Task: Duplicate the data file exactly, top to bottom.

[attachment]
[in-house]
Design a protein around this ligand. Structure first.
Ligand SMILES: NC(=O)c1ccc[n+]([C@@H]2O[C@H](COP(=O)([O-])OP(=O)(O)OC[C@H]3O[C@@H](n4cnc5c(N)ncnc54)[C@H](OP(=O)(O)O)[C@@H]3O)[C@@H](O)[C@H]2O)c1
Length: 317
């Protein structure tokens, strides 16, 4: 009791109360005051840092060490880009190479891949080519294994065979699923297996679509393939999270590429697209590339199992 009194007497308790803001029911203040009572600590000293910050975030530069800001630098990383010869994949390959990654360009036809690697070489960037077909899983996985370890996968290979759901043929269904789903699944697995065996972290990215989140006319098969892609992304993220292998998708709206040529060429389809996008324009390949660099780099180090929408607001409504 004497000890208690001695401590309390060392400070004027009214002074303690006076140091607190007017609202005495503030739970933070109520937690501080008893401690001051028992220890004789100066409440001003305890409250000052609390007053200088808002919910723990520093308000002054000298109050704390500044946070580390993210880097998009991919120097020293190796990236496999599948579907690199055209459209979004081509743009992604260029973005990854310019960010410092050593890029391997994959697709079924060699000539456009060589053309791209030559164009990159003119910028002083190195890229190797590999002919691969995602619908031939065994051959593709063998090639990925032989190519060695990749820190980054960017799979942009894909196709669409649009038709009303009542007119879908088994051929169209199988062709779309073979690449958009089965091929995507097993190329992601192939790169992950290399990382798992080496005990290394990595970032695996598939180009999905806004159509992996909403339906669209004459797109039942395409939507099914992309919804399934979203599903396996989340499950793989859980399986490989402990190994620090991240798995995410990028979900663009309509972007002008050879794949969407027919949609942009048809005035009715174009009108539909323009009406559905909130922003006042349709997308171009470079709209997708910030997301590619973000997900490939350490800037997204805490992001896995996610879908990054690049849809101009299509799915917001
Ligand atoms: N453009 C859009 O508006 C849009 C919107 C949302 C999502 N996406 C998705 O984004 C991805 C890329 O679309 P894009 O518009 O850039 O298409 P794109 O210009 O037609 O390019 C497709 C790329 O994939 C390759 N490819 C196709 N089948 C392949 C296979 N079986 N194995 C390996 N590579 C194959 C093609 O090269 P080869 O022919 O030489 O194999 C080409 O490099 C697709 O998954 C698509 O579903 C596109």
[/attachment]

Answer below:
[in-house]
Design a protein around this ligand. Structure first.
Ligand SMILES: NC(=O)c1ccc[n+]([C@@H]2O[C@H](COP(=O)([O-])OP(=O)(O)OC[C@H]3O[C@@H](n4cnc5c(N)ncnc54)[C@H](OP(=O)(O)O)[C@@H]3O)[C@@H](O)[C@H]2O)c1
Length: 317
């Protein structure tokens, strides 16, 4: 009791109360005051840092060490880009190479891949080519294994065979699923297996679509393939999270590429697209590339199992 009194007497308790803001029911203040009572600590000293910050975030530069800001630098990383010869994949390959990654360009036809690697070489960037077909899983996985370890996968290979759901043929269904789903699944697995065996972290990215989140006319098969892609992304993220292998998708709206040529060429389809996008324009390949660099780099180090929408607001409504 004497000890208690001695401590309390060392400070004027009214002074303690006076140091607190007017609202005495503030739970933070109520937690501080008893401690001051028992220890004789100066409440001003305890409250000052609390007053200088808002919910723990520093308000002054000298109050704390500044946070580390993210880097998009991919120097020293190796990236496999599948579907690199055209459209979004081509743009992604260029973005990854310019960010410092050593890029391997994959697709079924060699000539456009060589053309791209030559164009990159003119910028002083190195890229190797590999002919691969995602619908031939065994051959593709063998090639990925032989190519060695990749820190980054960017799979942009894909196709669409649009038709009303009542007119879908088994051929169209199988062709779309073979690449958009089965091929995507097993190329992601192939790169992950290399990382798992080496005990290394990595970032695996598939180009999905806004159509992996909403339906669209004459797109039942395409939507099914992309919804399934979203599903396996989340499950793989859980399986490989402990190994620090991240798995995410990028979900663009309509972007002008050879794949969407027919949609942009048809005035009715174009009108539909323009009406559905909130922003006042349709997308171009470079709209997708910030997301590619973000997900490939350490800037997204805490992001896995996610879908990054690049849809101009299509799915917001
Ligand atoms: N453009 C859009 O508006 C849009 C919107 C949302 C999502 N996406 C998705 O984004 C991805 C890329 O679309 P894009 O518009 O850039 O298409 P794109 O210009 O037609 O390019 C497709 C790329 O994939 C390759 N490819 C196709 N089948 C392949 C296979 N079986 N194995 C390996 N590579 C194959 C093609 O090269 P080869 O022919 O030489 O194999 C080409 O490099 C697709 O998954 C698509 O579903 C596109």